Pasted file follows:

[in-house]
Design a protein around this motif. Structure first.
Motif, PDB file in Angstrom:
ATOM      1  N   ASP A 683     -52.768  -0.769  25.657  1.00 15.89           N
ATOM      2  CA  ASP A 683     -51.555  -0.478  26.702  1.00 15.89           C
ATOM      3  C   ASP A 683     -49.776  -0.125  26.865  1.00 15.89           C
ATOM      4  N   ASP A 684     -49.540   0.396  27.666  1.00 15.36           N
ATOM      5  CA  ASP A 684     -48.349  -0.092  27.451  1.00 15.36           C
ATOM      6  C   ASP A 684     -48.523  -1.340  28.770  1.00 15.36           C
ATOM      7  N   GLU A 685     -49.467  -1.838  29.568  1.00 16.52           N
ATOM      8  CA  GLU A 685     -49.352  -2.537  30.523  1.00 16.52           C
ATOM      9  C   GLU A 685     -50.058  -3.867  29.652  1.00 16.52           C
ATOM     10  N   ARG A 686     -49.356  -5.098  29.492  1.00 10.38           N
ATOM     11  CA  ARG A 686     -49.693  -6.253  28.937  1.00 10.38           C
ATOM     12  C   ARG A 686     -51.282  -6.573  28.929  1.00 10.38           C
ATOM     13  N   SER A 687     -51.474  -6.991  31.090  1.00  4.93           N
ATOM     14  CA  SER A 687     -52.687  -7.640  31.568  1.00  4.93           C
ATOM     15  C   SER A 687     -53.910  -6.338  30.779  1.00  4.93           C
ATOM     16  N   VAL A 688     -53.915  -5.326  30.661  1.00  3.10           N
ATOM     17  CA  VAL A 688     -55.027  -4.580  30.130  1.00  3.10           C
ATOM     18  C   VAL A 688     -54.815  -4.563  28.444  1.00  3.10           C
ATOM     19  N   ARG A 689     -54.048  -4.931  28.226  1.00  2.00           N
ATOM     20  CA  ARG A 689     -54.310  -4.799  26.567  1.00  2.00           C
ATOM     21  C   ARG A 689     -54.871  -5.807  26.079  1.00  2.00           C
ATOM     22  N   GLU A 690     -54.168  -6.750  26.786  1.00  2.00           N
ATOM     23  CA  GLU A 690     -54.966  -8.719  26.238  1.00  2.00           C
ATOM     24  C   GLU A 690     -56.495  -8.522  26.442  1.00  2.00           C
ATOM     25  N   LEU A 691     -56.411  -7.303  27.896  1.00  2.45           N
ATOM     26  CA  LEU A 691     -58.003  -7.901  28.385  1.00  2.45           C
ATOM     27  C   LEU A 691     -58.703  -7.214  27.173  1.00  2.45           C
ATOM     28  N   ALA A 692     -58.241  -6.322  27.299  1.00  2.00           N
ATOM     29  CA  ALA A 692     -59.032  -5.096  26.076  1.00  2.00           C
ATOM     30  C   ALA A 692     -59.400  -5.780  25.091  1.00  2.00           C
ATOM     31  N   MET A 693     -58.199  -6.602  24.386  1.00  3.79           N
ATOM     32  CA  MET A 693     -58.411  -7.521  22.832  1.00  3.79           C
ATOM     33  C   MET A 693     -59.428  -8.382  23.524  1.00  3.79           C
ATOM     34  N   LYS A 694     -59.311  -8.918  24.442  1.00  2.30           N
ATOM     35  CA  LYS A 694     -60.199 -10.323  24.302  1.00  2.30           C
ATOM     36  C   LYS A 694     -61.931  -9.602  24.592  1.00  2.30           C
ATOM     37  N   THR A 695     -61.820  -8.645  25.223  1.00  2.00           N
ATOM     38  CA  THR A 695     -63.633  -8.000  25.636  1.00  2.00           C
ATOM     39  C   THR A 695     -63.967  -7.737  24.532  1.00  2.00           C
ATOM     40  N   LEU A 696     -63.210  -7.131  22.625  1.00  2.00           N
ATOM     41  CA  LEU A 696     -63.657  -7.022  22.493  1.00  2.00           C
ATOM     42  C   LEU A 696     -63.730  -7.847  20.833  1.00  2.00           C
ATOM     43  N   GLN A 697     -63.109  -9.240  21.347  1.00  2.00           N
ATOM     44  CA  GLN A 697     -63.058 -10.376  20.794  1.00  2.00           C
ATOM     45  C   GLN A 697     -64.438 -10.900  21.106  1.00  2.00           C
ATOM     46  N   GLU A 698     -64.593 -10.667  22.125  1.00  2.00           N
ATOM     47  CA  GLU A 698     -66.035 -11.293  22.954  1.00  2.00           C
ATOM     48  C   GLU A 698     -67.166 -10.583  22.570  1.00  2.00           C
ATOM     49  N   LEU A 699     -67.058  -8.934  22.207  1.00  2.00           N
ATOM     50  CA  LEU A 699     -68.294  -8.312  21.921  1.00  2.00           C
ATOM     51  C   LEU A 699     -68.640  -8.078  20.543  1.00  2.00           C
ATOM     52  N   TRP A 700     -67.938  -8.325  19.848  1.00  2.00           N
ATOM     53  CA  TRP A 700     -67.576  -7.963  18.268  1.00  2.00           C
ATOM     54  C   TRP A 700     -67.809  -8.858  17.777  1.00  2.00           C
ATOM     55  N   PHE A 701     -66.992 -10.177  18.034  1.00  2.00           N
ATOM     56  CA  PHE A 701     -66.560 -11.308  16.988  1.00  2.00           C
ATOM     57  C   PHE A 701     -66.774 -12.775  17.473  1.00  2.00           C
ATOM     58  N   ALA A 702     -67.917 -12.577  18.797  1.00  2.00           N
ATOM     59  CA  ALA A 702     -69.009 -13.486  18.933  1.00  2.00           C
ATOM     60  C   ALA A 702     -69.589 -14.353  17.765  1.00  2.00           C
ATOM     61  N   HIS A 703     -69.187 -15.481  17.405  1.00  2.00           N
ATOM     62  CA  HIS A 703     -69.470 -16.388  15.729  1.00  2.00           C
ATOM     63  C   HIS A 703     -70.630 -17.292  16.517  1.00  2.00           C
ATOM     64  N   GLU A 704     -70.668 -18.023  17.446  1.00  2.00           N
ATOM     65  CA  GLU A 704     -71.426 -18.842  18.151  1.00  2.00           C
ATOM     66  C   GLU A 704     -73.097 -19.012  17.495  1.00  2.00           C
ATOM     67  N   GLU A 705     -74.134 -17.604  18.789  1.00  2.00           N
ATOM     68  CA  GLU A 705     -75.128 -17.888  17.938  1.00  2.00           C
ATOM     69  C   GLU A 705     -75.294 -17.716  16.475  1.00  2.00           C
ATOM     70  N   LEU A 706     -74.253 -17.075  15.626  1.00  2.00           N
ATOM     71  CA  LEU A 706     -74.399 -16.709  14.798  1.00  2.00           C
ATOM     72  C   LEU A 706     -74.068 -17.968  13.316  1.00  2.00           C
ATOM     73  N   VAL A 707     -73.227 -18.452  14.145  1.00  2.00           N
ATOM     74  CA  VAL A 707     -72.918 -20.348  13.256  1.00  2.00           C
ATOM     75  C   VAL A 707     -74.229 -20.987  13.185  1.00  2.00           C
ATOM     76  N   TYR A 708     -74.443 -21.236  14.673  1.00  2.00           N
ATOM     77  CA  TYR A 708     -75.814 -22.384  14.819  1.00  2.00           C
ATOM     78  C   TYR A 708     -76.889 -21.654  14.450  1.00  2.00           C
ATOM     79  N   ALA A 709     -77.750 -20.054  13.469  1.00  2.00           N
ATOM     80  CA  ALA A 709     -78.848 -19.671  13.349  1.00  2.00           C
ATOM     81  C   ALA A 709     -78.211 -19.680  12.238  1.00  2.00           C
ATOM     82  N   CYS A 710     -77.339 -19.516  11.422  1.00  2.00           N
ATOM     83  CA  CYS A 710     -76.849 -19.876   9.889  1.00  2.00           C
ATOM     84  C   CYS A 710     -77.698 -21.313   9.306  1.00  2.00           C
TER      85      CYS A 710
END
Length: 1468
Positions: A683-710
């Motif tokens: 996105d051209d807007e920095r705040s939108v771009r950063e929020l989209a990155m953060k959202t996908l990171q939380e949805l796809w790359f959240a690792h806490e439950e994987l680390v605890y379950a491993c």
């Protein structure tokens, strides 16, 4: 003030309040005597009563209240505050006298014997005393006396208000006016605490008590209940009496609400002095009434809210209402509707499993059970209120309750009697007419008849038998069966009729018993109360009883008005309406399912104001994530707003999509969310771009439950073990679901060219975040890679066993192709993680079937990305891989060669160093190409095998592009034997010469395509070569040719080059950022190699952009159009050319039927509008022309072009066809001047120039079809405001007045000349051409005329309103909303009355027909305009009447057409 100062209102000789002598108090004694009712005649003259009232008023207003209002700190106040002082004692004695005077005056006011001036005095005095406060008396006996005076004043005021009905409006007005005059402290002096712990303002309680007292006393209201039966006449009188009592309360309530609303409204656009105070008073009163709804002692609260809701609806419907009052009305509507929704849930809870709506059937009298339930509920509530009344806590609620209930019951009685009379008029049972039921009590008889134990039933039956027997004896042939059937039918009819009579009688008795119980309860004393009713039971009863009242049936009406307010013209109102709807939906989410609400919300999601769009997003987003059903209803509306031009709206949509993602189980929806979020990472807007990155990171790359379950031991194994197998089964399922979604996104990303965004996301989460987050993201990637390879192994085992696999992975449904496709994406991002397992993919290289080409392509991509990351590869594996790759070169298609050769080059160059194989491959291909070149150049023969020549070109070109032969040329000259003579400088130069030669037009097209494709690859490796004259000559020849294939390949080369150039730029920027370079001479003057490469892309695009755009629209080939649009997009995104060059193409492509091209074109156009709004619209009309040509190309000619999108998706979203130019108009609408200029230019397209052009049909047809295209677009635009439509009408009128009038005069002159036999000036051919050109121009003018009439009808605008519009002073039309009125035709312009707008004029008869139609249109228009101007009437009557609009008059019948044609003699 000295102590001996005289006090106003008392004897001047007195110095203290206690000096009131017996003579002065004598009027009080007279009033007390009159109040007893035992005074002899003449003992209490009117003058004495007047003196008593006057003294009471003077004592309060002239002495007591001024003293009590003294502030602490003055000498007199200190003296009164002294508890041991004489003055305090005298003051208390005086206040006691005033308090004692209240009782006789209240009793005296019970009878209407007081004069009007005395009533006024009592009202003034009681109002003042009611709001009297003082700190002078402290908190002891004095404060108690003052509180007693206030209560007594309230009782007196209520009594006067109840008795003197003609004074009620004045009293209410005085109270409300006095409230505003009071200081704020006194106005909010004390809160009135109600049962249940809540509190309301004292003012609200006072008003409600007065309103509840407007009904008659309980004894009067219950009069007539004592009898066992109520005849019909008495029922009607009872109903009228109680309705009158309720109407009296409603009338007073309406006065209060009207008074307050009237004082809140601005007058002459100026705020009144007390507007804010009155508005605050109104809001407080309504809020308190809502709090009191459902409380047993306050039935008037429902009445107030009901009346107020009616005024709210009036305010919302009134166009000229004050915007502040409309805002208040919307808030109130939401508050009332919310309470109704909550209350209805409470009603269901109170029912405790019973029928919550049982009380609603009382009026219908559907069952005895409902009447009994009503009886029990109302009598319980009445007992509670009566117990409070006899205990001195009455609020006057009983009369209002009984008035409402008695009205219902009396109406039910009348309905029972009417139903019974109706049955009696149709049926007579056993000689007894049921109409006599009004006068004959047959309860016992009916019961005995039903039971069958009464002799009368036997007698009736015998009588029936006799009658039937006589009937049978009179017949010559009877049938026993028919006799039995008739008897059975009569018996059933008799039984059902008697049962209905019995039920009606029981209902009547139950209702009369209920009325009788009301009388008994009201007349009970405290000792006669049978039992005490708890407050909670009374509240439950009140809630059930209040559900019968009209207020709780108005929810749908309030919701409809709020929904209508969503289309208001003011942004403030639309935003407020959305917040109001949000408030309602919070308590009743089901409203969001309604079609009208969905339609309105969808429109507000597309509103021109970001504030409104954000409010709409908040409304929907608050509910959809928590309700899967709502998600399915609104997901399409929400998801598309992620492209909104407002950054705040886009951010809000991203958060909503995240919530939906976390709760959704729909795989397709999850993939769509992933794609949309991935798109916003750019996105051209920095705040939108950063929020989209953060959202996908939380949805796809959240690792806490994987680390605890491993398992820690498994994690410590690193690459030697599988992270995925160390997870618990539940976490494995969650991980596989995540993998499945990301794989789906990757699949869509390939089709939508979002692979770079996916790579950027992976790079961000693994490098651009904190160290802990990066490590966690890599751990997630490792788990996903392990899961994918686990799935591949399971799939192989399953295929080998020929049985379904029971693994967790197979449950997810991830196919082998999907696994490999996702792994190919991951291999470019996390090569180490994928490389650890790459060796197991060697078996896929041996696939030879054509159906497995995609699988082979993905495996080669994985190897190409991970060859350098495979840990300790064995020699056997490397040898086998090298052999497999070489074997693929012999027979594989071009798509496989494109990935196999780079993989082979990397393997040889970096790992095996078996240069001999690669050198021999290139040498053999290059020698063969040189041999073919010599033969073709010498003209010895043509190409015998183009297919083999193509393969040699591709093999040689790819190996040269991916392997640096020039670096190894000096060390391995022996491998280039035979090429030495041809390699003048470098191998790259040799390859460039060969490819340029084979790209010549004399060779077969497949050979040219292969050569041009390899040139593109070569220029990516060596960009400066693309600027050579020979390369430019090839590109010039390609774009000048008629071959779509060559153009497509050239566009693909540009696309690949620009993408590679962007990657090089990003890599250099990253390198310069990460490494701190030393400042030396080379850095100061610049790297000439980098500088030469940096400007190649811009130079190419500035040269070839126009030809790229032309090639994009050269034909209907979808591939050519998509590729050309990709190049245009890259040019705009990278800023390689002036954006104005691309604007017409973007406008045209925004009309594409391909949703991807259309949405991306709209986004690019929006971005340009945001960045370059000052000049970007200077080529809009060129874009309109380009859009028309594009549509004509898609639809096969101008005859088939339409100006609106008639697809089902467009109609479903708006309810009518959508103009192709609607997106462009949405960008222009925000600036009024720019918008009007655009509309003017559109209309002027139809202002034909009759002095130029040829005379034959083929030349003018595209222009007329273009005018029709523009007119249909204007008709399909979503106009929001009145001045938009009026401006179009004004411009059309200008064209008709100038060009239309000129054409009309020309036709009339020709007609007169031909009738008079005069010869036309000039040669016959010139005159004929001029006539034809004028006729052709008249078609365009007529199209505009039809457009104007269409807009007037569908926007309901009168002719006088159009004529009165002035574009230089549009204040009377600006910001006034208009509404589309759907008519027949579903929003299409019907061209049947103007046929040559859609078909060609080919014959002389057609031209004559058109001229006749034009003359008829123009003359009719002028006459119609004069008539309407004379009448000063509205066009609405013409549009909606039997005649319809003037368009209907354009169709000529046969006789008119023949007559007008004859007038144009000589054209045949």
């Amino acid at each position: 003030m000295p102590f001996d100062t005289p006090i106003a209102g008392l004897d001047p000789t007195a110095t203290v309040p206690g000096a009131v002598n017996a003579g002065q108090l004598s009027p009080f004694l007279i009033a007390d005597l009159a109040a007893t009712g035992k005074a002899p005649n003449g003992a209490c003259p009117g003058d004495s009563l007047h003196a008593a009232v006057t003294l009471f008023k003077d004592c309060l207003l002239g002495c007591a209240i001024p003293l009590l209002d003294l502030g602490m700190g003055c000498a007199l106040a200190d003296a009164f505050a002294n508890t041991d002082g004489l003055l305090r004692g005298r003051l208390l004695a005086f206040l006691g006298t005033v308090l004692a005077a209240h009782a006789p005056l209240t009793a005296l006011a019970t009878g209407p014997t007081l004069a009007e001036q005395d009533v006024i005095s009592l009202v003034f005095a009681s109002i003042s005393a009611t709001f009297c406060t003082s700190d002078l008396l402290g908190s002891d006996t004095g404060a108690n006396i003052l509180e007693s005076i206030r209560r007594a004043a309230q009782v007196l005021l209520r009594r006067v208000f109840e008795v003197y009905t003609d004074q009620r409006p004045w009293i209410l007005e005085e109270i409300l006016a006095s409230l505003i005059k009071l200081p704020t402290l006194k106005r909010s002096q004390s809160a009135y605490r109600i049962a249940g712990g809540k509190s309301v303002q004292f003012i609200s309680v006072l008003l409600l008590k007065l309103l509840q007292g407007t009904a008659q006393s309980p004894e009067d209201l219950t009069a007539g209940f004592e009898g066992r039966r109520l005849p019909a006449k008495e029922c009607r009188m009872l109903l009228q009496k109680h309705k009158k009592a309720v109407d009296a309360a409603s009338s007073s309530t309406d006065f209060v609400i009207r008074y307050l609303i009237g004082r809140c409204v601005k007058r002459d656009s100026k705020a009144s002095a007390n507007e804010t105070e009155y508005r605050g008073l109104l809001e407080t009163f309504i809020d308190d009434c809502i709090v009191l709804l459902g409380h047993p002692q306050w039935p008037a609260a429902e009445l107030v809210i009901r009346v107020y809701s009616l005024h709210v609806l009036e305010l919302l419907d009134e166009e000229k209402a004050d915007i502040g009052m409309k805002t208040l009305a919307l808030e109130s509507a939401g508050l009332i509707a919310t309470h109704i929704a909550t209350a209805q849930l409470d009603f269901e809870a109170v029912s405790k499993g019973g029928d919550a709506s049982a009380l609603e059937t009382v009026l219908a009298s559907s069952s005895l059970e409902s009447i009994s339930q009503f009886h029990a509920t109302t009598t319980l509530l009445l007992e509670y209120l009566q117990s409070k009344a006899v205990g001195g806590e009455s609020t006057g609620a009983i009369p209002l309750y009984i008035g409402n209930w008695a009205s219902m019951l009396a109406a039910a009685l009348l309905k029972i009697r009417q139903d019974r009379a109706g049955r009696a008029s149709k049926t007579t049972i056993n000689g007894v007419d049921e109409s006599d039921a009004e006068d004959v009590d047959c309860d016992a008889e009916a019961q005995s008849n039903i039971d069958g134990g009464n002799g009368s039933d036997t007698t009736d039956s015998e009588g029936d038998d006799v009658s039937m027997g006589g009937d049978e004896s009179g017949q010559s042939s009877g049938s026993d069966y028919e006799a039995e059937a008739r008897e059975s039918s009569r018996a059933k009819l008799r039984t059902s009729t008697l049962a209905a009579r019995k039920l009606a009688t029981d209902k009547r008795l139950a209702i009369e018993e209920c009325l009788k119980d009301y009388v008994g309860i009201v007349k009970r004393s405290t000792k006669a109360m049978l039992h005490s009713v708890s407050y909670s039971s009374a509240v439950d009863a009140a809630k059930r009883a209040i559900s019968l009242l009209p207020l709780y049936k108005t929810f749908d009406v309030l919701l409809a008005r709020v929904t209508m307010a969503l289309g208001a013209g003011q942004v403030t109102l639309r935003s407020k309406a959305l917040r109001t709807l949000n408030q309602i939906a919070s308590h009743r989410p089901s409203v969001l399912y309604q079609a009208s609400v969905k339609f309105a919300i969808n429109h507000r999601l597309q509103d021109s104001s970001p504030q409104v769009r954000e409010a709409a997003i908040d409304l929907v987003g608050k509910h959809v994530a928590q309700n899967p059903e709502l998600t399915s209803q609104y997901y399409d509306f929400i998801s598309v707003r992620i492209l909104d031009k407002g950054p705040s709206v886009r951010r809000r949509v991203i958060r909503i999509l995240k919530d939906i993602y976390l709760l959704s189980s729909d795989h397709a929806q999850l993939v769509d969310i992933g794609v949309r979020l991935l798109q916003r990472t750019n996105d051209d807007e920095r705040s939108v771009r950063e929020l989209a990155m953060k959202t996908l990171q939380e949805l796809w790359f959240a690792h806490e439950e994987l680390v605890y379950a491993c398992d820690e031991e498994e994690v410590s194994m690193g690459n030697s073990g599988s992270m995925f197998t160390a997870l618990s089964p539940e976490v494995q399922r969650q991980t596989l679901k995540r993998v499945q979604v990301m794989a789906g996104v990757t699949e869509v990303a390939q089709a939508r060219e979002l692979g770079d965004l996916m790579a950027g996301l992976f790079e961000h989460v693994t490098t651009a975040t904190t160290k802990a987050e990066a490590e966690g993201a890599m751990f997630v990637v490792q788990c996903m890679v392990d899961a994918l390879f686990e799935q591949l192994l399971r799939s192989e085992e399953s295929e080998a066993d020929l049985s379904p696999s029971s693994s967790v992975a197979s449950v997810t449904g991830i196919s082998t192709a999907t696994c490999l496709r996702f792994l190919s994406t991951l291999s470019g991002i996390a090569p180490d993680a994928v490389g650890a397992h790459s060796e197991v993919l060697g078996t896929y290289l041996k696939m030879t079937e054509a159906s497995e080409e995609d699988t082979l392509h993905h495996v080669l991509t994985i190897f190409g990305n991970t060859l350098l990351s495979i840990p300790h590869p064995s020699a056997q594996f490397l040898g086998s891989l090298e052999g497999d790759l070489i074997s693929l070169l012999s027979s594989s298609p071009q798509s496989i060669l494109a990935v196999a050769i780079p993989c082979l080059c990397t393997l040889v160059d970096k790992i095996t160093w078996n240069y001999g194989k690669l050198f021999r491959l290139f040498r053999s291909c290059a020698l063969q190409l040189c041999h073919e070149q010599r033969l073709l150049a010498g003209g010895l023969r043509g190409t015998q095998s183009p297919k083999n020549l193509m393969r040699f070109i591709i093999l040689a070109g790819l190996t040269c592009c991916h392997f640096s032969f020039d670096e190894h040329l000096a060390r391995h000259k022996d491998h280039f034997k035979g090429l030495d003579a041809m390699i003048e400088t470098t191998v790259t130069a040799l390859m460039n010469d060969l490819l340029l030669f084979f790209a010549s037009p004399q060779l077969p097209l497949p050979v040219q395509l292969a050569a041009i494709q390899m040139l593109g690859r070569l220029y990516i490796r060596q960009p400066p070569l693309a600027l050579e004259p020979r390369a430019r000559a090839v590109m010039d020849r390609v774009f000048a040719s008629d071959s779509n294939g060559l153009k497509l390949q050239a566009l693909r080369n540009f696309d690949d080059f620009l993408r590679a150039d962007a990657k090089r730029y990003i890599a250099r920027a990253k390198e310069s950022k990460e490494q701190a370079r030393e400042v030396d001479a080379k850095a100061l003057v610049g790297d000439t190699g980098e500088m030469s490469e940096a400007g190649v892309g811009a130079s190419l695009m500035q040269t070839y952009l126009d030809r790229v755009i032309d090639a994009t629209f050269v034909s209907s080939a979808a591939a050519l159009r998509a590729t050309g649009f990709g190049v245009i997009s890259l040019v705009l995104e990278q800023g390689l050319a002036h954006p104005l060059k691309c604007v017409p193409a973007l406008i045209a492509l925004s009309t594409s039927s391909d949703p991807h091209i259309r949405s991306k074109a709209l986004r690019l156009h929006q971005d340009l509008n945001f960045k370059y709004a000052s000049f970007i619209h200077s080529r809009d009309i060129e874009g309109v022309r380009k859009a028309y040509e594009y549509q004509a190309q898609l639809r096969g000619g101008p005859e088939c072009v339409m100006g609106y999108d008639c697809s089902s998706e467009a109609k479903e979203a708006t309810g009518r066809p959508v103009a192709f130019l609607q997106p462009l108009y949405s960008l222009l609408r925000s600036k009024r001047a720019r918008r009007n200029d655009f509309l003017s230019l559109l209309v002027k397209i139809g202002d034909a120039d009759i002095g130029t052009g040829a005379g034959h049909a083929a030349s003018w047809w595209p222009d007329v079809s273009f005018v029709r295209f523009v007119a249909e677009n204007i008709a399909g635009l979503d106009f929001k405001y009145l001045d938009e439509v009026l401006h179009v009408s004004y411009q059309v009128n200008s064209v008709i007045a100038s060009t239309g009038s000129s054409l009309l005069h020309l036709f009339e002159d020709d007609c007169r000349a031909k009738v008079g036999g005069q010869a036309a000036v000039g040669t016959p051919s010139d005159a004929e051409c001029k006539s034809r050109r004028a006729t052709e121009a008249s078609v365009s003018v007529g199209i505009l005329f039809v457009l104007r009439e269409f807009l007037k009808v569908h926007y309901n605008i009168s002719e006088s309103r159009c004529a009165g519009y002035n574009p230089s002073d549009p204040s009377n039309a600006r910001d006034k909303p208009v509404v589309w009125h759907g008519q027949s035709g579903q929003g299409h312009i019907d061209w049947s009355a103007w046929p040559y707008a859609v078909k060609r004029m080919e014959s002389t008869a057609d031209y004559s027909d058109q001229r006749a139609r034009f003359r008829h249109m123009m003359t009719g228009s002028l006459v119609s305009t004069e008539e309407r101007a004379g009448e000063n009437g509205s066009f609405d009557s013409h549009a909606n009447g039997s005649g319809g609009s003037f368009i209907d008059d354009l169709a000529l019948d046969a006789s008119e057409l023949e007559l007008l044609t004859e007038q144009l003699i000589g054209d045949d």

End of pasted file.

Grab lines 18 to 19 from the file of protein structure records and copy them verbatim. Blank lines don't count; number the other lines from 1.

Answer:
ATOM     15  C   SER A 687     -53.910  -6.338  30.779  1.00  4.93           C
ATOM     16  N   VAL A 688     -53.915  -5.326  30.661  1.00  3.10           N